In addition to the basic sections, you may also want to include other optional sections to provide a more accurate idea of your skills, achievements, education, etc. These can include the following:

If you believe there is information about you an employer needs to make an informed decision (and you cannot include it in a cover letter), you may create a section on your résumé to showcase that information. Although the résumé is a highly formatted document, it should reflect what you think will convince your potential employer to grant you an interview.

What are the expectations for résumé?

Readers have expectations about how a résumé should look. For instance, your name typically appears at the top of the résumé and is usually the largest item. In addition, headers usually categorize the various sections of the text. Also, readers expect the information in your résumé to be accurate and correct. Finally, your résumé should be free of grammatical and spelling errors. Know that your résumé should be easy to read quickly and contain all necessary and pertinent information. The persuasive quality of your résumé depends on its usability.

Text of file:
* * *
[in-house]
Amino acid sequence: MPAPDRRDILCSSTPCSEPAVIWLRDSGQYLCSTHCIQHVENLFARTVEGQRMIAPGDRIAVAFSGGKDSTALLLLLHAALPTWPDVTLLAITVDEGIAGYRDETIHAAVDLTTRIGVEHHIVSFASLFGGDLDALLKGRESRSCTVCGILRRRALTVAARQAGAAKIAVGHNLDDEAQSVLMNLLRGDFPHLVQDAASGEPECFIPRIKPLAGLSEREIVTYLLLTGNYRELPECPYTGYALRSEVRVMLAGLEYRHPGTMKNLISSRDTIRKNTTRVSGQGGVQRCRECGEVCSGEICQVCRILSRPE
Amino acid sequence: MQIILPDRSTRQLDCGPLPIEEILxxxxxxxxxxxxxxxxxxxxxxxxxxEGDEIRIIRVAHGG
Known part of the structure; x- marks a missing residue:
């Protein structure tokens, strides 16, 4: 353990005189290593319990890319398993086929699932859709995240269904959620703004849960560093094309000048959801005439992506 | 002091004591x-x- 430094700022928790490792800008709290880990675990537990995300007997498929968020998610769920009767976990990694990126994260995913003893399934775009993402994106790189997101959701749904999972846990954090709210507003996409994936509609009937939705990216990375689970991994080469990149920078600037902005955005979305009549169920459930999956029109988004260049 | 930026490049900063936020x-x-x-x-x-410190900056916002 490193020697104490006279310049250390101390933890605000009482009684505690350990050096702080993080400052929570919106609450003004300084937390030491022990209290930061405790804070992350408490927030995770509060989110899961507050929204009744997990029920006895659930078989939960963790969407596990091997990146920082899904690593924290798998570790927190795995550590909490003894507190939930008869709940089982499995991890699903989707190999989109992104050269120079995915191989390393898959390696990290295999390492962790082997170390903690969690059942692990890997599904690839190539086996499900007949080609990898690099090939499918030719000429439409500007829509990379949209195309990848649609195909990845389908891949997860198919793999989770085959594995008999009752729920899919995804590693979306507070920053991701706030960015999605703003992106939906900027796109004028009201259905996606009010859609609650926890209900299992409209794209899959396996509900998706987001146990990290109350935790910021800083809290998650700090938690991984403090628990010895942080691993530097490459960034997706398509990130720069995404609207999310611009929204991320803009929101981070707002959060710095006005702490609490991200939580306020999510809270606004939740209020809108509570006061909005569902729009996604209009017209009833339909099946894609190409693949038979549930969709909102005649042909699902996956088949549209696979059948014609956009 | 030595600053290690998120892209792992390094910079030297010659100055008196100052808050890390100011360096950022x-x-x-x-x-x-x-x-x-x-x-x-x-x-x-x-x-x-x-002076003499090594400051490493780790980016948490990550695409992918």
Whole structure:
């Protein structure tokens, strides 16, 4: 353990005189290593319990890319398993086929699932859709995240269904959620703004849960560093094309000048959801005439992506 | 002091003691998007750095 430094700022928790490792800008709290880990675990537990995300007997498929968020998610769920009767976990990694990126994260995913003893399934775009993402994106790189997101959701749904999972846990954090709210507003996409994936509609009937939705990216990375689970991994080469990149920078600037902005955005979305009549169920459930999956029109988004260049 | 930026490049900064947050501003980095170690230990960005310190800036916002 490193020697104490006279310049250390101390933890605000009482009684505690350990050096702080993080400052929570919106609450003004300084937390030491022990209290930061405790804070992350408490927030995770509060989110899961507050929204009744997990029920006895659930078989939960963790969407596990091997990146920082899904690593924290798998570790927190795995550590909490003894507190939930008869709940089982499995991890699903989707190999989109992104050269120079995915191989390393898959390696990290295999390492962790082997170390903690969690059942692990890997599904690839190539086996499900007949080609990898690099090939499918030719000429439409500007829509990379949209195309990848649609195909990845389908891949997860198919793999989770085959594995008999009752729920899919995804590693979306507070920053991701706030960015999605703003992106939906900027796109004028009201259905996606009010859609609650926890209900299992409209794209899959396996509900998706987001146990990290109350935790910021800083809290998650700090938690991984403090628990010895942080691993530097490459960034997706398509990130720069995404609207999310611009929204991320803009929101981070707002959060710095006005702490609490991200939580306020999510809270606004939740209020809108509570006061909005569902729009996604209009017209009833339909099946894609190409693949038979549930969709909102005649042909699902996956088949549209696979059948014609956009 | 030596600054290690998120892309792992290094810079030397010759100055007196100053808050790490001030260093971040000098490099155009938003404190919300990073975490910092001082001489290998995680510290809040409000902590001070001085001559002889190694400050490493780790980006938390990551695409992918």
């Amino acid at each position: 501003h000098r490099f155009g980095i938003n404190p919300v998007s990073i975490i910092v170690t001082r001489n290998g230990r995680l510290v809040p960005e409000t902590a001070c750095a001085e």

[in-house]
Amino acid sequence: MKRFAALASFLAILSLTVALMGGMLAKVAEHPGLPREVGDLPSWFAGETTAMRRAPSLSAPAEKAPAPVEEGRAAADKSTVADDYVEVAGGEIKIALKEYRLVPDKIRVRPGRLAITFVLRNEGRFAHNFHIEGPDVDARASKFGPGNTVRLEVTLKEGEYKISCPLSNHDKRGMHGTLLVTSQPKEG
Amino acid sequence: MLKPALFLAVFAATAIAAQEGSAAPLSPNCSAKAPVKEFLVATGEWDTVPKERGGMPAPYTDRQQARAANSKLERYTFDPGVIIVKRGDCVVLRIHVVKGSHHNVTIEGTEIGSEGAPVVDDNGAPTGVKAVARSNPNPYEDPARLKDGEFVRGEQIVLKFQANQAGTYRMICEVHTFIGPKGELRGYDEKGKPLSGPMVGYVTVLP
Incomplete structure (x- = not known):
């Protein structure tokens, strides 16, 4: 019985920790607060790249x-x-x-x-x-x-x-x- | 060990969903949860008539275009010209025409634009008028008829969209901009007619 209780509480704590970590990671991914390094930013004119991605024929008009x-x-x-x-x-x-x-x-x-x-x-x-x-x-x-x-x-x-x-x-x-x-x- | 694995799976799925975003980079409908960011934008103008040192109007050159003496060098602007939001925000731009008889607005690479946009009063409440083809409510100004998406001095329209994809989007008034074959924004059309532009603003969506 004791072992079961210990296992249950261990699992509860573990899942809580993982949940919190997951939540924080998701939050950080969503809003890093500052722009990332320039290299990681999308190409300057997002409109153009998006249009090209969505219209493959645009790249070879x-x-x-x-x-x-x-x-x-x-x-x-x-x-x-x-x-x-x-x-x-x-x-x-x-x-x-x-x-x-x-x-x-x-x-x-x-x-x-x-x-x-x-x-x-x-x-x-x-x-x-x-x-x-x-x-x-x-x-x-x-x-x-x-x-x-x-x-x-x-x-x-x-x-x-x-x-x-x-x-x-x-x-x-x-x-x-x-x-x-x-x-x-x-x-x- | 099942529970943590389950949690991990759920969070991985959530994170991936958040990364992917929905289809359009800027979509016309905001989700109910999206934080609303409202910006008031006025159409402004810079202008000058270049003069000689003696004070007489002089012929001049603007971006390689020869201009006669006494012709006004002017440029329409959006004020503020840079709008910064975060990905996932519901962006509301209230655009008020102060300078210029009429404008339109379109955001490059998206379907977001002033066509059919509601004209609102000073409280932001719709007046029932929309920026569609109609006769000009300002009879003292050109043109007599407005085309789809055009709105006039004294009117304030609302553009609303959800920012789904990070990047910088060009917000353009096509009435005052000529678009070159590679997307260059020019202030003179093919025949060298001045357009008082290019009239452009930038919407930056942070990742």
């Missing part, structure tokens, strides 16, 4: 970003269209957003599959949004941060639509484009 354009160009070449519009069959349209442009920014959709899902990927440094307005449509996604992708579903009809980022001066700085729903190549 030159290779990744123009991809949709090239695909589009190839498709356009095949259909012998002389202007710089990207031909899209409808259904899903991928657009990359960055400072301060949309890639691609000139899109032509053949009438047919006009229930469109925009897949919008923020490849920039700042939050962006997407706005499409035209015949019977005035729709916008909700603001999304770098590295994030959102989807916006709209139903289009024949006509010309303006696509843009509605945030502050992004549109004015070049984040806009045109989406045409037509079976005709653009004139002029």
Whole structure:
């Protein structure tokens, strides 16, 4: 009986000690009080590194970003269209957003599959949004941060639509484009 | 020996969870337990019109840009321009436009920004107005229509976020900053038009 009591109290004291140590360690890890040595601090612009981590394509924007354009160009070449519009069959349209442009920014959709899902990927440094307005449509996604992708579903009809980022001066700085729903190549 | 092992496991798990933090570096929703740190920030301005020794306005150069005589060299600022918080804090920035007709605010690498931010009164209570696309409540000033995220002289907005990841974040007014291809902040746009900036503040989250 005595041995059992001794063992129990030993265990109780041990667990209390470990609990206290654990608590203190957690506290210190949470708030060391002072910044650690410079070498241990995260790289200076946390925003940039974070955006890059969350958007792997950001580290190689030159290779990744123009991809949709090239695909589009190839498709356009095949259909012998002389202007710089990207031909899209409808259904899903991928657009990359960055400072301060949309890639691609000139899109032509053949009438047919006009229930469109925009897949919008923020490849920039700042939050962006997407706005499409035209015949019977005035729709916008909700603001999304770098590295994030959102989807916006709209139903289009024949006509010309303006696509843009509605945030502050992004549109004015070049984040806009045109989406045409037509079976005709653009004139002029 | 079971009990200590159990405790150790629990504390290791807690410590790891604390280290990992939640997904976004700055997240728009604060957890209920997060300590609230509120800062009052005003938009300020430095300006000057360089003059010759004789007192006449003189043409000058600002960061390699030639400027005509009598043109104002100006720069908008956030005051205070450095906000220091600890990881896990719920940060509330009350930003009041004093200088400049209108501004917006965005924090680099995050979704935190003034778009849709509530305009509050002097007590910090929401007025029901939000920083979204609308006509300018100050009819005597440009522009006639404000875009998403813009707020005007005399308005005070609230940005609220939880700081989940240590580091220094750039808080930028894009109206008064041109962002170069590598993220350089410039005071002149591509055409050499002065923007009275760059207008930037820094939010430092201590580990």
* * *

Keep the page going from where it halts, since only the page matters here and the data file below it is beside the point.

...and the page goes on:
Job seekers at Purdue University may find value in the Purdue career Wiki here.

Go to the OWL homepage and select Professional, Technical, and Job Search Writing to find other cover letter and résumé resources.

For more information about how to develop a résumé, visit these OWL resources:

Contributors:Laura Beadling, Angie Olson, Stacy Lokus, Allen Brizee, and Katy Schmaling.
Summary:

Before beginning to write your résumé, it is a good idea to understand what you are writing, why you are writing it, and what is expected as you write it. This basic introduction will aid both new résumé writers and those who may have forgotten certain details about résumé writing.

Sample Résumé Index